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The Sabbath and Worshipping God

Some people think that the worship service is all about evangelism. Everything you do during the worship service needs to be geared towards reaching the unbeliever. Church becomes a rock concert filled with secular music. Other churches think that the worship service is only for the believer. Church turns into a bunch of self-righteous do-gooders patting themselves on the back while being completely closed off to the outside. Other churches believe that the worship service is all about the sermon. They have taken it so far as to install chairs with folding desks attached to them so the people can take notes. The sermon turns into an hour long lecture instead of the Word of God being preached. Some churches place so much emphasis on the liturgy or the music that the sermon and scripture become an add-on. The Word of God read and preached is relegated to a 10-15 minute slot (and God forbid the sermon go long and someone ends up waiting at the end of the line in Cracker Barrel). These different conceptions (or misconceptions) about the worship service beg the question: “What does God say about His worship?” It would make sense that the person being worshipped would set the rules for worship and not the other way round. So what does God’s Word teach us about worship?

Over the next several newsletters we will unpack God’s idea of worship. But let me say up front, the foundation for everything we do in worship centers on the Word of God. We read scripture, we preach scripture and we sing scripture. We even look at scripture to tell us how to worship and how not to worship. So in short, in order for us to know how to worship God we must turn to God’s self proclaimed revelation to find out how God wants us to worship Him.

And it all starts with the Sabbath. “And on the seventh day God finished his work that he had done…So God blessed the seventh day and made it holy, because on it God rested from all his work that he had done in creation” Genesis 2:2-3. God did two things that are significant to our understanding the Sabbath: He rested and He made it holy. From the very beginning we see that the Sabbath was set apart (made ‘holy’) and was created for rest. Then later on when God gives the Israelite nation the 10 Commandments, the Sabbath makes the cut. Can you imagine that out of everything God could have chosen to put into the 10 Commandments he thought the Sabbath was important enough and foundational enough to His worship and the life of His people that it made it into the top ten. He wrote it in stone. “Remember the Sabbath day, to keep it holy. Six days you shall labor, and do all your work, but the seventh day is a Sabbath to the LORD your God” Exodus 20:8. God’s desire for the Sabbath is so clear and so strong that He even says, “Everyone who profanes it shall be put to death” Exodus 31:14. I would say that the Sabbath is fairly important. But not only does God give warnings concerning the Sabbath in Israel, He also gives us blessings in observing it, “If you turn back your foot from the Sabbath, from doing your pleasure on my holy day, and call the Sabbath a delight and the holy day of the Lord honorable; if you honor it, not going your own ways, or seeking your own pleasure, or talking idly; then you shall take delight in the Lord, and I will make you ride on the heights of the earth; I will feed you with the heritage of Jacob your father, for the mouth of the Lord has spoken” Isaiah 58:13-14.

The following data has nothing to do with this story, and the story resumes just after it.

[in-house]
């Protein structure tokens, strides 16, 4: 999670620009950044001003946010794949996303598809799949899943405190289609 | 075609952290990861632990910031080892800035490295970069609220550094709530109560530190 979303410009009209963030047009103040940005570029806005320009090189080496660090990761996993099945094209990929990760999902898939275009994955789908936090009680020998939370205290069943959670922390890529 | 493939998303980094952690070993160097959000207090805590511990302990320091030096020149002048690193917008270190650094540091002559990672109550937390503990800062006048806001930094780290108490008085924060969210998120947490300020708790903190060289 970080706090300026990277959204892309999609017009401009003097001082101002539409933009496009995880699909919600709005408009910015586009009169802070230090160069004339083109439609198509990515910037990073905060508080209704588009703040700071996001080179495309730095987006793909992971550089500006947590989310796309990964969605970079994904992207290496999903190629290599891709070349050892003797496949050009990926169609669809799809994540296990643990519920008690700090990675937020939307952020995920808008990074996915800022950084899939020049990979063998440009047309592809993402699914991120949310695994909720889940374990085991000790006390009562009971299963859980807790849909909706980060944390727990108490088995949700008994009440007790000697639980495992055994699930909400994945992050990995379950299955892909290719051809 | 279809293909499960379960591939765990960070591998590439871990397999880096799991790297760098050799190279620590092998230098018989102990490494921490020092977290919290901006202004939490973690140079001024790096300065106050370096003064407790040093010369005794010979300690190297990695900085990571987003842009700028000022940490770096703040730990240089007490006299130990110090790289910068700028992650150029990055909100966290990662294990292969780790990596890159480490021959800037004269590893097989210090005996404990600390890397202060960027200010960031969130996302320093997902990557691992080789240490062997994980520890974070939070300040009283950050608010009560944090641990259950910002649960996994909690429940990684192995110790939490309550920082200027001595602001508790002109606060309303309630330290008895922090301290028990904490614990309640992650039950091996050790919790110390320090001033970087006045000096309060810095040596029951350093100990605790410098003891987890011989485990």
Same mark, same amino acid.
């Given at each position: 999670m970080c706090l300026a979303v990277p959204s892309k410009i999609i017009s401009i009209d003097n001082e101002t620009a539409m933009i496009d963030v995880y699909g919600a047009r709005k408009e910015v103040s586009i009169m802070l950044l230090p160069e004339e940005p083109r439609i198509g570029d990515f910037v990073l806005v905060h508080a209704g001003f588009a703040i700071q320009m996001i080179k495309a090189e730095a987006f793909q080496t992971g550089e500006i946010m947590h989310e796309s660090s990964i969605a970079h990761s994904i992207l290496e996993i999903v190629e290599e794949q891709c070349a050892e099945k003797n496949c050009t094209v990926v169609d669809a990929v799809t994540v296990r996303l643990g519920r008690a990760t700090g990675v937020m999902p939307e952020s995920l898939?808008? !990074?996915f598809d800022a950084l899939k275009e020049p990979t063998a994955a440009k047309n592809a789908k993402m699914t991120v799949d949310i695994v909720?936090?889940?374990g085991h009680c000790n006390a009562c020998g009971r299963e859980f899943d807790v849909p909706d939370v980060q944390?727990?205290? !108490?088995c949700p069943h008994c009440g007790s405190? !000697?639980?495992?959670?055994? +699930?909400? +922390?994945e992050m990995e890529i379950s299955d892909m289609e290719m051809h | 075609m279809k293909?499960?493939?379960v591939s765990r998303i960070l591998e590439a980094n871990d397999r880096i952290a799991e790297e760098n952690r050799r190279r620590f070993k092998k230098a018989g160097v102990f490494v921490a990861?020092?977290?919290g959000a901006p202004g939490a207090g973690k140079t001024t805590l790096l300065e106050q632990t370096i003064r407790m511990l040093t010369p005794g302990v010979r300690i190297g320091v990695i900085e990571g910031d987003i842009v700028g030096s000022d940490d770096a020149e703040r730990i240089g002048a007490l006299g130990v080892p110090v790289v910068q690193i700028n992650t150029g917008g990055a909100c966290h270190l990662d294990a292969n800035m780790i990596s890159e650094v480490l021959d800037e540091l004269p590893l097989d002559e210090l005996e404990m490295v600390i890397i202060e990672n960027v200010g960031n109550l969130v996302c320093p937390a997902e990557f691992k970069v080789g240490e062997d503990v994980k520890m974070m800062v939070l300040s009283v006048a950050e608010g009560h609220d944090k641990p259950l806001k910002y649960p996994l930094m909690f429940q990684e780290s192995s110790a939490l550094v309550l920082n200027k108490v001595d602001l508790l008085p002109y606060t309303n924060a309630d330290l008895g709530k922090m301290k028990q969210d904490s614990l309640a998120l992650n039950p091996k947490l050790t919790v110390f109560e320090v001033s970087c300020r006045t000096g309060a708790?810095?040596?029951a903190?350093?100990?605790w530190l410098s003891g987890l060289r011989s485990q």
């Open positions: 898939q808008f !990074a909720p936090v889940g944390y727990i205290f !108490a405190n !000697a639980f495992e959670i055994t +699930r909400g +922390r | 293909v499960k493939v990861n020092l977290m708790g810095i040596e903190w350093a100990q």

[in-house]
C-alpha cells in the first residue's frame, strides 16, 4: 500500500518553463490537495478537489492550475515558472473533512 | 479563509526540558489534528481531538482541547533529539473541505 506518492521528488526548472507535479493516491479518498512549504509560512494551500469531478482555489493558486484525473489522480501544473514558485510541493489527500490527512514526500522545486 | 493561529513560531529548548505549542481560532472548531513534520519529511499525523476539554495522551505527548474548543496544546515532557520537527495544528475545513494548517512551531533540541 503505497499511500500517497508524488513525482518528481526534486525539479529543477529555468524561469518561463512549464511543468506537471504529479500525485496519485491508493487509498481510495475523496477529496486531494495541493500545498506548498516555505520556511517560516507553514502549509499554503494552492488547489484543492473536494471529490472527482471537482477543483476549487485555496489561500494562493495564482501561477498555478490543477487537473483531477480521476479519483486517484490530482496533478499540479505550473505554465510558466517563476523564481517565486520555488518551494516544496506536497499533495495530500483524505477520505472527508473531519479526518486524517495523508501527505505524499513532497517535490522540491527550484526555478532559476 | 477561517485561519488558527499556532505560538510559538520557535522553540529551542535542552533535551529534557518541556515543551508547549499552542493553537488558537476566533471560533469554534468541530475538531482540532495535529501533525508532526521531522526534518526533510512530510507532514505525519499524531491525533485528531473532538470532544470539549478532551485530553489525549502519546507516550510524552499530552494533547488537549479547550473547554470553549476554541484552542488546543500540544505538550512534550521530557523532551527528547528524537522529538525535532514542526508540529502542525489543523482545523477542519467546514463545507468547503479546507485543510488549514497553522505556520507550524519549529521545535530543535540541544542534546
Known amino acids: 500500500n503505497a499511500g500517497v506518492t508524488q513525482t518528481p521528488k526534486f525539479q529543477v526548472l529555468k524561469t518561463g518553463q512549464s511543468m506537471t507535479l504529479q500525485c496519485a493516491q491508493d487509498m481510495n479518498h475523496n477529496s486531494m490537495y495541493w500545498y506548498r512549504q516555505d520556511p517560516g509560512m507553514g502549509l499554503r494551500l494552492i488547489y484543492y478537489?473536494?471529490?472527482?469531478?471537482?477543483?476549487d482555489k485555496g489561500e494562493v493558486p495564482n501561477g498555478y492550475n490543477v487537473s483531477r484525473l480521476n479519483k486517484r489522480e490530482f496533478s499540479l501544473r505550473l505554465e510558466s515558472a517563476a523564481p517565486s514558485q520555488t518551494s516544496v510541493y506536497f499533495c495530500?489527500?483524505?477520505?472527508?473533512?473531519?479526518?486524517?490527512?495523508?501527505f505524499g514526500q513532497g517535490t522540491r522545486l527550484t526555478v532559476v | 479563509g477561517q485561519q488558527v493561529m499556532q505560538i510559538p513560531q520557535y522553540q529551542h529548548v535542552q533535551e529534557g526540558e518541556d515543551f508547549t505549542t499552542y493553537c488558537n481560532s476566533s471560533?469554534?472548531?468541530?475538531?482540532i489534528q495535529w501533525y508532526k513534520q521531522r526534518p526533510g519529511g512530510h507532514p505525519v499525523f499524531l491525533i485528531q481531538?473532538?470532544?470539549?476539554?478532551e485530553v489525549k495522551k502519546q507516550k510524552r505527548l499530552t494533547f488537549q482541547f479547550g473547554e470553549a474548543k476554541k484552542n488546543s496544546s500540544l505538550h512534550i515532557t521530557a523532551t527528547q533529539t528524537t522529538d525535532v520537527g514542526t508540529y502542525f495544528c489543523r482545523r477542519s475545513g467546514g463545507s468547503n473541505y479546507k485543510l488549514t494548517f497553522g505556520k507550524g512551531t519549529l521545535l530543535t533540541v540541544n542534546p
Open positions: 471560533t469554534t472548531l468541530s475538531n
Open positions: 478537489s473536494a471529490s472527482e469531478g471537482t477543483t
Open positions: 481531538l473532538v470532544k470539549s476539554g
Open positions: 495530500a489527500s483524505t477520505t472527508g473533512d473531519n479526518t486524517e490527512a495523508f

It’s important to understand that the Sabbath points to something bigger than just physical rest. Yes, we should rest from our daily routines and the things of this world that take us away from God, but it’s bigger than physical rest. The physical rest points us to an eternal truth. Did you notice that when the fourth commandment is given in Deuteronomy 5 and in Exodus 20 the reasons for the commandment are different. In Deuteronomy 5 the reason for the Sabbath is rooted in creation and in Exodus 20 the reason is rooted in God freeing the Israelites from Egypt. In essence one reason that God gives us the Sabbath is redemption. The physical rest that we observe on the Sabbath points to a deeper spiritual rest that is only found in Christ and the redemption that He provides. The Sabbath is pointing us to the spiritual rest that we need in Christ. This is one reason worship on the Sabbath is so important. It reminds us of the rest we have in Christ and it allows us to turn to God in worship for that rest.

At this point some would say, wrongly but with good intentions, that the Sabbath day is no longer important because we have found rest in Christ (because we are redeemed we don’t need to observe the Sabbath). To this I would say that we have found rest in Christ, AMEN, and yet the rest is not complete. “So then, there remains a Sabbath rest for the people of God, for whoever has entered God’s rest has also rested from his works as God did from his. Let us therefore strive to enter that rest” Hebrews 4:9-11. In fact, that rest will not be complete until we have entered into the Promised Land, into eternal rest with our Savior in Glory. Until that happens and our rest is fully realized, the Sabbath is important for us both physically and spiritually. God calls us to rest on the Sabbath and to worship Him in that rest. May God continue to give us rest, both physically and spiritual, as we gather together on the Sabbath to worship our Savior who alone can provide true and lasting rest

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